Cervical Cancer

Updated 25 May 2015

What is cervical cancer?

Cervical cancer occurs when abnormal cells are produced in the cervix. When these cells exist only on the surface of the cervix, the condition is known as a pre-cancerous lesion. Only once these cells spread deeper into the tissue the condition becomes known as cervical cancer.

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South African women have a life-time risk of 1 in 42 of developing cervical cancer, according to the Cancer Association of South Africa. The only cancer more prevalent among SA women is breast cancer. Here’s what you need to know about cervical cancer.

The cervix, also called the neck of the womb, is the lower, narrow part of the uterus (womb). The uterus, a hollow, pear-shaped organ, is located in the pelvis between the bladder and the rectum. The cervix has a canal which is part of the passage connecting the vagina to the uterine cavity and the fallopian tubes.

Like all other organs of the body, the cervix is made up of different tissues. The outer surface of the cervix is covered with an epithelium consisting of a layer of cells like the skin covering the body. The epithelium is constantly replaced by new, young cells forming at the basement membrane (bottom layer) which, while maturing and getting older, move to the surface where they shed and where they can be picked up with a Pap smear.

The body can be exposed to cancer-causing agents that cause the cervical cells to be abnormally shaped. After some time, these cells can form a malignant tumour (cancerous growth). If abnormal cells are found only within the epithelium, the condition is called a pre-cancerous lesion. Once malignant cells penetrate through the basement membrane into the deeper tissue, the condition is called cervical cancer because it may then spread to the rest of the body.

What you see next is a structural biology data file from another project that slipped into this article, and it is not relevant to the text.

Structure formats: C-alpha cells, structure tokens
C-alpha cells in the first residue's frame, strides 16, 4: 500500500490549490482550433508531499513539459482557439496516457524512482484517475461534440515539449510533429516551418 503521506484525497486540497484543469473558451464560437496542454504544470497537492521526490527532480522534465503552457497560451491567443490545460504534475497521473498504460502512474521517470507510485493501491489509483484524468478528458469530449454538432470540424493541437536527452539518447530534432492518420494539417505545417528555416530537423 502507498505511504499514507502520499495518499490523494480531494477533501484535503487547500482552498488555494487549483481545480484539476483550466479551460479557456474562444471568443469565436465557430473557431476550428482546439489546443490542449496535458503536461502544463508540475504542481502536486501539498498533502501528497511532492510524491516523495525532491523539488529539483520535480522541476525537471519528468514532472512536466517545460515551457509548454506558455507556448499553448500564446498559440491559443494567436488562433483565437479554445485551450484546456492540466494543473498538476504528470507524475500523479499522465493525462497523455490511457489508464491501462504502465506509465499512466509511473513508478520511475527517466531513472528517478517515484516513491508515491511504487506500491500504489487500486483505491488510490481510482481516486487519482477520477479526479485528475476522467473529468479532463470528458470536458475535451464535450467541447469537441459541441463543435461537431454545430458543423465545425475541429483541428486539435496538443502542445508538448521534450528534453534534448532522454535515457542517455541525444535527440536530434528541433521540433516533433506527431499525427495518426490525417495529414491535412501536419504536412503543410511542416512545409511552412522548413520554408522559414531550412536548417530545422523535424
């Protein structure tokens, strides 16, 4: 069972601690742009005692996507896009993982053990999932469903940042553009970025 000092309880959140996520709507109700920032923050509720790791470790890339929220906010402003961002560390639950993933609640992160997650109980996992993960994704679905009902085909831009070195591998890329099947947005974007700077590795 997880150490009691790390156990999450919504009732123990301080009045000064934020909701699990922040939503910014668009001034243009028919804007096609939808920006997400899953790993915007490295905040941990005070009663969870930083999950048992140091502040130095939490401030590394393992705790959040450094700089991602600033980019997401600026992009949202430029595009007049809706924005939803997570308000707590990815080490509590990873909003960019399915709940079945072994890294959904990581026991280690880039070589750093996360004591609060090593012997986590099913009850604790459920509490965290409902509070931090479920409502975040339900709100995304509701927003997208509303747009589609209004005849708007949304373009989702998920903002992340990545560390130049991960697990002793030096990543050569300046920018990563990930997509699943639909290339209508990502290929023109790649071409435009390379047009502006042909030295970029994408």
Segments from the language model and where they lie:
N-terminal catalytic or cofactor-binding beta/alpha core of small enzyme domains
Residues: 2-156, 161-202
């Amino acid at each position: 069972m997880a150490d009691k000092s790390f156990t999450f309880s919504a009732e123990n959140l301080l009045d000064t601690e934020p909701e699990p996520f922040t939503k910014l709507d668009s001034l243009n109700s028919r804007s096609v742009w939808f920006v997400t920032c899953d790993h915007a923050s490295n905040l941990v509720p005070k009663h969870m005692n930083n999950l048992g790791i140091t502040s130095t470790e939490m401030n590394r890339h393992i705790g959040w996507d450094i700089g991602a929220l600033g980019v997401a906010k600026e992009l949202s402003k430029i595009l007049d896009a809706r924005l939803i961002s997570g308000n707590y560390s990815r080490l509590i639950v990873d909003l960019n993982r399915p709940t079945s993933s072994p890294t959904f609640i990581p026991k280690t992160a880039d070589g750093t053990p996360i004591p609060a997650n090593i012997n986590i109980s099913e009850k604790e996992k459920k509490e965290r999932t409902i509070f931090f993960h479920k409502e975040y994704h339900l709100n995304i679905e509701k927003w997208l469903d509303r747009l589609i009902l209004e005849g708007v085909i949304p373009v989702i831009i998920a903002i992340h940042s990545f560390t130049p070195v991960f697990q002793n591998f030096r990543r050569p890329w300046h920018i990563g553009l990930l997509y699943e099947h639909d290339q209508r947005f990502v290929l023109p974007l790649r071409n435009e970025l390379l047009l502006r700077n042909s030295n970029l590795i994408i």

Cervical cancer cells can invade and damage organs near the original tumour, for example, the rectum and/or the bladder. Furthermore, cells from any cancer can break away and enter the lymphatic system or the bloodstream. This is also how cancer of the cervix can spread to other parts of the body, such as nearby lymph nodes, the bones of the spine, and the lungs. The new tumour which forms in a distant organ is called a metastasis and once cancer has spread from its original location, one speaks of a metastatic disease.

When a metastasis develops in another part of the body, the new tumour has the same kind of abnormal cells and the same name as the original (primary) cancer. For example, if cervical cancer spreads to the bones, the cancer cells in the bones are cervical cancer cells. The disease is called a bone metastasis of cervical cancer (it is not bone cancer).

Most cervical cancers are squamous cell carcinomas. Squamous cells are thin, flat cells that form the epithelial surface of the cervix. 

These cells look like flat paving stones. When cancer develops from the endo-cervical canal which is lined with columnar cells, the condition is called adenocarcinoma of the cervix. Squamous cell cancers of the cervix are far more common than adenocarcinomas of the cervix.


(Reviewed by Professor Lynette Denny, Gynaecology Oncology Unit, Department Obstetrics & Gynaecology, University of Cape Town/Groote Schuur Hospital)

Read more:
Symptoms of cervical cancer
Causes of cervical cancer
Risk factors for cervical cancer

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